administrative law

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administrative law

n. the procedures created by administrative agencies (governmental bodies of the city, county, state or Federal government) involving rules, regulations, applications, licenses, permits, available information, hearings, appeals and decision-making. Federal agency procedures are governed by the Administrative Procedure Act, and many states have adopted similar procedural formats either by law or regulation. It is important to consider two vital factors in dealing with administrative agencies: 1) the rules and regulations are often special for each agency and are not usually found in the statutes but in those regulations; 2) a member of the public must "exhaust his/her administrative remedies" (take every step, including appeals) with the agency and its system before he/she can challenge the administrative ruling with a lawsuit in court. There are exceptions (such as emergency or obvious futility) to exhausting one's remedies, but those are rare. Administrative law can be a technical jungle, and many lawyers make lots of money from knowing how to hack their way through it on behalf of their clients. (See: Administrative Procedure Act, administrative law judge)

administrative law

the body of rules and procedures that organizes government and provides mechanisms for redress of grievances as a result of decisions or actions of government. For lawyers its main practical manifestation is seen in cases of JUDICIAL REVIEW of administrative action.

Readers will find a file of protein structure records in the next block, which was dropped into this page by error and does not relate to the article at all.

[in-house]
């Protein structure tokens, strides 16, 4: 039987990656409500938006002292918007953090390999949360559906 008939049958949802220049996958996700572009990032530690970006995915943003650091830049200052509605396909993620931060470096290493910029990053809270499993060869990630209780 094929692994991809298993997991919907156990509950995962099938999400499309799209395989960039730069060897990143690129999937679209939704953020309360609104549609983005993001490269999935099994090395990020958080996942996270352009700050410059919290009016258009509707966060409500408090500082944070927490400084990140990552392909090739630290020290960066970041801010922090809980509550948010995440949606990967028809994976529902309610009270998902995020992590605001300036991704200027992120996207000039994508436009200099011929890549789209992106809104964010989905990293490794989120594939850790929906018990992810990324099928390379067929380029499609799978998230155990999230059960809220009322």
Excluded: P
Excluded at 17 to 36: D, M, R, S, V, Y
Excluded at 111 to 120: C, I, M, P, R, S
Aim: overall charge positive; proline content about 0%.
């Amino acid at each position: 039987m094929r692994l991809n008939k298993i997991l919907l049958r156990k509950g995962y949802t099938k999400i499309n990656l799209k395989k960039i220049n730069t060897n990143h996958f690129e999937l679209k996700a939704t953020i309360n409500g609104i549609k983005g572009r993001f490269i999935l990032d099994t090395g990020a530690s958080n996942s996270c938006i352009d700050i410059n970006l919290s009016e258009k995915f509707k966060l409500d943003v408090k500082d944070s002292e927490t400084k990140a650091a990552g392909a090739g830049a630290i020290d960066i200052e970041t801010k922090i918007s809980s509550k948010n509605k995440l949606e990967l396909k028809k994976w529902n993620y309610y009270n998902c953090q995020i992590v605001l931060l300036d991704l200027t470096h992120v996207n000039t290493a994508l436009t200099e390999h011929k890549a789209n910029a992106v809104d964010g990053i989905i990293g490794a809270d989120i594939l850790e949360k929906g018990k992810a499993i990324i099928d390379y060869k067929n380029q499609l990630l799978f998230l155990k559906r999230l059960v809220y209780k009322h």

References in periodicals archive ?
Overall, French universities offer very few master's courses specializing in comparative administrative law.
A couple of hours devoted to comparative administrative law as part of a broader master's do not equal a specialization but they deserve to be mentioned here.
In Belgium, modules at master's level may include an option dedicated to "comparative public law" or "comparative administrative law," although the module offering changes over the years.
It is a mixed module spanning constitutional and administrative law in the USA, the United Kingdom, France and Germany.
Such limited provision of comparative administrative law modules is, however, only the tip of the iceberg.
In Belgium, as in France, comparative administrative law needs to be put in its wider context of comparative law teaching.

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